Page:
KC Maintains Some Arts Funding but Eliminates Office of Culture and Creative Services

The Royals bat, the Negro Leagues Picture, the mayor facing out towards the sun. A thoughtful and introspective man looks through the bittersweet glories of the distant past, the victories of the current past, and into a bright future, cognizant of his own forming legacy. — Harold Smith (photo by Harold Smith)

After weeks of uncertainty, the Kansas City Council on March 26 approved a budget that maintains the city’s commitment to fund arts programs.

At the same time, however, the Fiscal Year 2020-21 budget does not provide funding for the city’s Office of Culture and Creative Services (OCCS), which is being eliminated.

Concerns over the city’s arts funding erupted in February when Mayor Quinton Lucas proposed a budget that included a $175,000 cut from the Kansas City Film Office incentive program and a $90,000 cut from the ArtsTech Teens in Transition program.

Based on subsequently revised proposals from Mayor Lucas, the new budget includes $200,000 for the Film Office incentive program and $75,000 for the ArtsTech Teens in Transition program.

Cynthia Levin, producing artistic director for the Unicorn Theatre, told KC Studio that it was crucial for the city to maintain funding that supports Kansas City arts. “To not think that the arts are important to this city is ludicrous,” Levin said. “Per capita, we probably bring in more arts dollars and arts organizations than any other city our size. That has a lot to do with economics and the value of life here. People choose to move here and live here because of the care we have taken to nurture our artists and institutions of art.”

Sonie Joi Thompson-Ruffin, a contemporary fabric artist and founder of the African American Artists Collective, told KC Studio that people cannot expect arts funding from the city to be immune from reductions.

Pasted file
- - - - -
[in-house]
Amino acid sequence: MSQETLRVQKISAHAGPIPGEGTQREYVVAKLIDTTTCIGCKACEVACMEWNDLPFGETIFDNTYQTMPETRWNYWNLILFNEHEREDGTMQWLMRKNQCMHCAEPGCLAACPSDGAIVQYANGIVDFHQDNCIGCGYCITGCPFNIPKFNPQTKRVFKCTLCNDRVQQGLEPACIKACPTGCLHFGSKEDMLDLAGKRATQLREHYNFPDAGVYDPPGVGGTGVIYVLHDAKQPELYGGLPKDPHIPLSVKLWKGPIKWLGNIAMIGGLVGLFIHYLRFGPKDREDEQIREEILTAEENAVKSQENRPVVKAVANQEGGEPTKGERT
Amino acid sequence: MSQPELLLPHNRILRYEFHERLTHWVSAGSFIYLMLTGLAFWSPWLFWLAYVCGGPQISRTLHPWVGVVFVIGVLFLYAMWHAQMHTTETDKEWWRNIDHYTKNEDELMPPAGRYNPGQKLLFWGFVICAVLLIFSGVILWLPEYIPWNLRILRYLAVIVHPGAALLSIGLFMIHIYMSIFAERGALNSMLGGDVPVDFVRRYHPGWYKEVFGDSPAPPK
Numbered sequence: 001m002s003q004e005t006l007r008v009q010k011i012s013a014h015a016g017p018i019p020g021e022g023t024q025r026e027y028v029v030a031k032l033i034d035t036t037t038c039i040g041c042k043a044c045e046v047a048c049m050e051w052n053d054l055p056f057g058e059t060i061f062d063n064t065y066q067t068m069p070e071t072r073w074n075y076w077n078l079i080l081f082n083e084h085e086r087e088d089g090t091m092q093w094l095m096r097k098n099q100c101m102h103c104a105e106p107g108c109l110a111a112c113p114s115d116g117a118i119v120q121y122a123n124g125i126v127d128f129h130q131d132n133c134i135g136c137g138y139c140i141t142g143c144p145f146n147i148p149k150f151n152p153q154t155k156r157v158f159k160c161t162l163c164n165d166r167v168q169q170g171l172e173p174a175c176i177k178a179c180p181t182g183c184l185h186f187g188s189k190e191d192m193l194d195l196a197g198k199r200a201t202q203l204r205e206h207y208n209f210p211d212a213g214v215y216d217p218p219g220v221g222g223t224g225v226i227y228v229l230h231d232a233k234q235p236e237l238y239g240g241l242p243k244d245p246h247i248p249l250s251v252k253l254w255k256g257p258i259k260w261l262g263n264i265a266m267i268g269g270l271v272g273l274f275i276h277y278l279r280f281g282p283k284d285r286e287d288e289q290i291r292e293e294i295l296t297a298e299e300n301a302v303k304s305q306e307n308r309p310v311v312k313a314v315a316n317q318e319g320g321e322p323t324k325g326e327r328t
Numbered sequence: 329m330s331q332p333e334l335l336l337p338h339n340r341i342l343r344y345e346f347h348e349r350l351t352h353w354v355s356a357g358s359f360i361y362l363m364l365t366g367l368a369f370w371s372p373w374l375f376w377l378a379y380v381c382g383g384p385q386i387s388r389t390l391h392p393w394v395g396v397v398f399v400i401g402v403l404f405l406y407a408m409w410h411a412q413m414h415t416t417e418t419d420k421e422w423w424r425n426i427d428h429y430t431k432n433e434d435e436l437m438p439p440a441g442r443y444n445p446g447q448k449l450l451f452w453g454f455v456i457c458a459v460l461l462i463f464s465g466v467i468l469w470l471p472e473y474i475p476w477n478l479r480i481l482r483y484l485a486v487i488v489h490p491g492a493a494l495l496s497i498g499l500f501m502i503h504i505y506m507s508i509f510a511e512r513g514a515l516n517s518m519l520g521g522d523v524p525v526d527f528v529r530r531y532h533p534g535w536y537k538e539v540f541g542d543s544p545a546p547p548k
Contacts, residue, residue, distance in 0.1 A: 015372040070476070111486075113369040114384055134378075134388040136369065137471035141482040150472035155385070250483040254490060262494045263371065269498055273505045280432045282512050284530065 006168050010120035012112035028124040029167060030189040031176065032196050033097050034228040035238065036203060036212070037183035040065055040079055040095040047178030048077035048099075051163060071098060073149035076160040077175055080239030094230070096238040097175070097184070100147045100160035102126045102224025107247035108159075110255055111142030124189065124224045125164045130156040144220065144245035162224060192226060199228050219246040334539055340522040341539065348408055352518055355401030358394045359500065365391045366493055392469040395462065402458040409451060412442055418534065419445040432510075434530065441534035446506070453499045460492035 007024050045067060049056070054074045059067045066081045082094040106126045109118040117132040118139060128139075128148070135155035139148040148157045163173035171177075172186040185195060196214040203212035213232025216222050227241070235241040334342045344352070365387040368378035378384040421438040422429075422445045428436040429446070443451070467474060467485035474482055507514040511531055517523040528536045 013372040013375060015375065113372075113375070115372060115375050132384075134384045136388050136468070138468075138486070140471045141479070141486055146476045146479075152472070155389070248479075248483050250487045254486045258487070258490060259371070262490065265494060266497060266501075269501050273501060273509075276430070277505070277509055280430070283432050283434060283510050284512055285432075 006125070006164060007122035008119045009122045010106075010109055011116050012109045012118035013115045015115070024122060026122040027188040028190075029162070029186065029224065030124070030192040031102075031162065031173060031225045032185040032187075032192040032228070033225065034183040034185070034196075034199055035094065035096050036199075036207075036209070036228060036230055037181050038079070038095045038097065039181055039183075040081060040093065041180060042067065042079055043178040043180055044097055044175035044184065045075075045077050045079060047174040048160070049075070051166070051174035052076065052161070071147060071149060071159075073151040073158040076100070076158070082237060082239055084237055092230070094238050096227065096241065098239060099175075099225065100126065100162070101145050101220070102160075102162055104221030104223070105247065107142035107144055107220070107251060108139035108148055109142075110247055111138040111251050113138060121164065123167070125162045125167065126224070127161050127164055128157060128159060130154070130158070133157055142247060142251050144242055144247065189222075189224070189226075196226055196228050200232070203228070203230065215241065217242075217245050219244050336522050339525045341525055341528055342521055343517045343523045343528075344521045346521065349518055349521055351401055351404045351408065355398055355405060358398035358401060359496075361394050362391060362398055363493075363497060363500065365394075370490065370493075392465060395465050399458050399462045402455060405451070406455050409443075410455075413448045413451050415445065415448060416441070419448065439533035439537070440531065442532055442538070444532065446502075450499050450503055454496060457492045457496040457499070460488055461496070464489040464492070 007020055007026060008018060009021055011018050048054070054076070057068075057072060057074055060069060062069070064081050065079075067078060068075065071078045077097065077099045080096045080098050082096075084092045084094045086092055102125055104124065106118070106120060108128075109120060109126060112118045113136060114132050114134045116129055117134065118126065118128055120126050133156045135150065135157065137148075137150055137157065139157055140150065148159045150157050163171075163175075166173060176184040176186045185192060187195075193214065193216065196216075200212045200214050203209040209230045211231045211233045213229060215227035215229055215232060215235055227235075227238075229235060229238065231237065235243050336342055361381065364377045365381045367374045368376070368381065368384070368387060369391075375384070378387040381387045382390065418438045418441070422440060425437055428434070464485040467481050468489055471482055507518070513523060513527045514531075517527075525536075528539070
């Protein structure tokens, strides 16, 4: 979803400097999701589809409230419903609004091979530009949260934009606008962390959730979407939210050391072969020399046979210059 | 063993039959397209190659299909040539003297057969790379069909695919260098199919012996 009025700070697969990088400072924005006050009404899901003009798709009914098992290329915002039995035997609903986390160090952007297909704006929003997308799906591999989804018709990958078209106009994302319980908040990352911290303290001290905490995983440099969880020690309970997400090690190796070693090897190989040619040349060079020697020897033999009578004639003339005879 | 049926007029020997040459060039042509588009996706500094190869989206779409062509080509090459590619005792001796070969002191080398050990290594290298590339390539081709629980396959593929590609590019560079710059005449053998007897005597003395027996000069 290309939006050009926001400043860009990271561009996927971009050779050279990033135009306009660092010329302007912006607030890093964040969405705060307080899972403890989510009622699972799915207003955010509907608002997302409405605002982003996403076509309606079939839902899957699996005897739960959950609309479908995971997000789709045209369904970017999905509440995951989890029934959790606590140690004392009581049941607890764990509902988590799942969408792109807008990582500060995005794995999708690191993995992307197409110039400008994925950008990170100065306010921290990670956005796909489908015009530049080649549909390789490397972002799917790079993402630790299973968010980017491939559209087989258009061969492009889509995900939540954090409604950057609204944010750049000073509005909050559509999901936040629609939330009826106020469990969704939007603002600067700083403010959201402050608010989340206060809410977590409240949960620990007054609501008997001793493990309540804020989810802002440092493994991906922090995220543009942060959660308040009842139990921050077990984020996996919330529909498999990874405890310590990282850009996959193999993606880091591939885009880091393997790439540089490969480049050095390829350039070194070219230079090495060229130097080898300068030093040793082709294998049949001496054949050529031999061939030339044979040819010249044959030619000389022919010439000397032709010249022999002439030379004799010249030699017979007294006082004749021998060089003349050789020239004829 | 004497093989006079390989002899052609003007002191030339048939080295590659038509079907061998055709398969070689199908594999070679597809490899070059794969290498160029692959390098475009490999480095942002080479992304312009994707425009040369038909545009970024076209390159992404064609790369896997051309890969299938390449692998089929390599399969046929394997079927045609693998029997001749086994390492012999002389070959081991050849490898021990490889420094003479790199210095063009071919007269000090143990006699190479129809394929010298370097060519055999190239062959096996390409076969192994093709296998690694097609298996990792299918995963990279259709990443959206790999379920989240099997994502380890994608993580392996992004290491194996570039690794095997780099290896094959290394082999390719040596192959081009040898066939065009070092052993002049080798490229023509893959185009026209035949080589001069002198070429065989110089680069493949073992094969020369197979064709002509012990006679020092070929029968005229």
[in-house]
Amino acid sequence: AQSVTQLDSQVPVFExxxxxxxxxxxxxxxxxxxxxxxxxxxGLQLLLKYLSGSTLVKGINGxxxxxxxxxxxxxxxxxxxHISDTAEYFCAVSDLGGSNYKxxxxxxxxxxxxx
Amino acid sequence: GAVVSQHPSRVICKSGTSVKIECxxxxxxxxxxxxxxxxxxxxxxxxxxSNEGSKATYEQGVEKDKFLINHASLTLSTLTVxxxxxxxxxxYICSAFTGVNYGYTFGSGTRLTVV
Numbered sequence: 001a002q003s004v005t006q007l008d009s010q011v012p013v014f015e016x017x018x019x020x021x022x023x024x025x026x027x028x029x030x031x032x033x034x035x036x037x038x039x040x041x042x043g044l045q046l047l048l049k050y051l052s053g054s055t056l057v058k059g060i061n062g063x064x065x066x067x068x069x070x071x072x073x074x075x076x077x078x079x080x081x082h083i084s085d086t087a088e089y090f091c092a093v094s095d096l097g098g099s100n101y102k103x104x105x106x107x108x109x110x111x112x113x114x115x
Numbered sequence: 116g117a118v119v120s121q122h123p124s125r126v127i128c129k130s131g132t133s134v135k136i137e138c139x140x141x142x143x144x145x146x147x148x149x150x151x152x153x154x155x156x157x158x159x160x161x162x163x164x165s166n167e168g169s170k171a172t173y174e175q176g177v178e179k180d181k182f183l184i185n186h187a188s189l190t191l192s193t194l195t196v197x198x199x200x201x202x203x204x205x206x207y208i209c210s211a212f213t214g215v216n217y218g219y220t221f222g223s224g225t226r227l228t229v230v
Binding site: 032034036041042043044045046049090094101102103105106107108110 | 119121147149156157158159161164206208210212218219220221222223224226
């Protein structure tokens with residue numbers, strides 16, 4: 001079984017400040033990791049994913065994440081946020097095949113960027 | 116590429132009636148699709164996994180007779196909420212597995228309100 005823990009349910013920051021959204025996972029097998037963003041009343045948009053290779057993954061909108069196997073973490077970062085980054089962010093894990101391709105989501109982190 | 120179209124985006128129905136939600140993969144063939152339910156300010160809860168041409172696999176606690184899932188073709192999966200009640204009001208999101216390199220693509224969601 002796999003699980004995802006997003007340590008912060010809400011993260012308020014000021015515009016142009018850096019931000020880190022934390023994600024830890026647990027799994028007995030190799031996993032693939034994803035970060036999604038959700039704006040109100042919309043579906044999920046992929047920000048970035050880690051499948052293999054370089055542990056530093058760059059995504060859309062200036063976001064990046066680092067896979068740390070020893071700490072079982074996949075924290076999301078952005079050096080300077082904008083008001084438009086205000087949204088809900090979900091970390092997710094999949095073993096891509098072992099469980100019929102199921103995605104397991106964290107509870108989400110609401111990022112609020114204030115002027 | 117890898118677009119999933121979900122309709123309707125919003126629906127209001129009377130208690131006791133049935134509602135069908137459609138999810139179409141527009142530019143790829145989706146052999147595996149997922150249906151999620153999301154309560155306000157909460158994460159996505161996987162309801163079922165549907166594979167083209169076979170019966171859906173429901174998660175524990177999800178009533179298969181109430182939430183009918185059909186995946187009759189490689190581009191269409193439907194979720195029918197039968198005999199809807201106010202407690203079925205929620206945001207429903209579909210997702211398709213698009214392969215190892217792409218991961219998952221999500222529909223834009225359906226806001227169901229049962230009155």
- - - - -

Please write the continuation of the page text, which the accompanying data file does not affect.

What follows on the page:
“The streets need to be tended to, the bridges need to be tended to, and there are communities that need to be tended to,” Thompson-Ruffin said. “Kansas City artists have every right to be celebrated, and we have every right to celebrate our talents and gifts. But if we have an infrastructure that is falling apart, how are we going to be able to do that? These are taxpayers’ dollars.”

The OCCS was established in 2015 to lead the city’s cultural development efforts. According to its mission statement, it was created to “serve Kansas City residents by bolstering and catalyzing arts, culture and creativity and by leveraging the arts as a strategy for economic development, neighborhood revitalization, and cultural vitality for its citizens.”

The OCCS was directed to partner with for-profit and non-profit organizations to increase jobs in the creative sector; strengthen Kansas City’s communities and cultural identity; increase access to education and lifelong learning in the arts; and promote Kansas City as the heart of America’s “creative crossroads” and a destination for national and international visitors.

Levin said she thought the OCCS had been blamed for problems that arose from Open Spaces 2018, a visual and performing arts exhibition that occurred in Kansas City during the summer and fall of that year. The city contributed nearly $1 million to the exhibition, which lost money.

“I think it’s really unfortunate OCCS won’t survive,” Levin said. “They are bearing the brunt of the unsuccessful Open Spaces. I’m not sure that’s fair. I think OCCS has been a great service.”

But Thompson-Ruffin said the OCCS had failed to support the arts in all of Kansas City’s diverse communities.

“They did not fulfill their mission,” Thompson-Ruffin said. “You have different areas of the city and different ethnicities. Culturally, Kansas City is one of the most diverse communities in Missouri. Your strength in any city is your diversity. And if you do not understand the character of the community you are serving, then you’re set up to fail.”

Similar criticism surfaced in a lawsuit filed in February by Denise Dillard, a black woman who was fired from the OCCS last year. In her lawsuit, which was filed in Jackson County Circuit Court, Dillard claimed that her OCCS supervisor had engaged in “discriminatory management” and “discriminatory and inappropriate disbursement” of a fund meant to support neighborhood and community events and retaliated against her for reporting those “ethical violations.”

Above: The Royals bat, the Negro Leagues Picture, the mayor facing out towards the sun. A thoughtful and introspective man looks through the bittersweet glories of the distant past, the victories of the current past, and into a bright future, cognizant of his own forming legacy. — Harold Smith (photo by Harold Smith)

About The Author: Julius Karash

Julius Karash

Julius A. Karash is a freelance writer, editor and public relations person. He formerly was a business reporter for the Kansas City Star and executive editor of KC Business magazine. He devours business and economic news, and is keenly interested in the relationship between arts and economic development in the Kansas City area.

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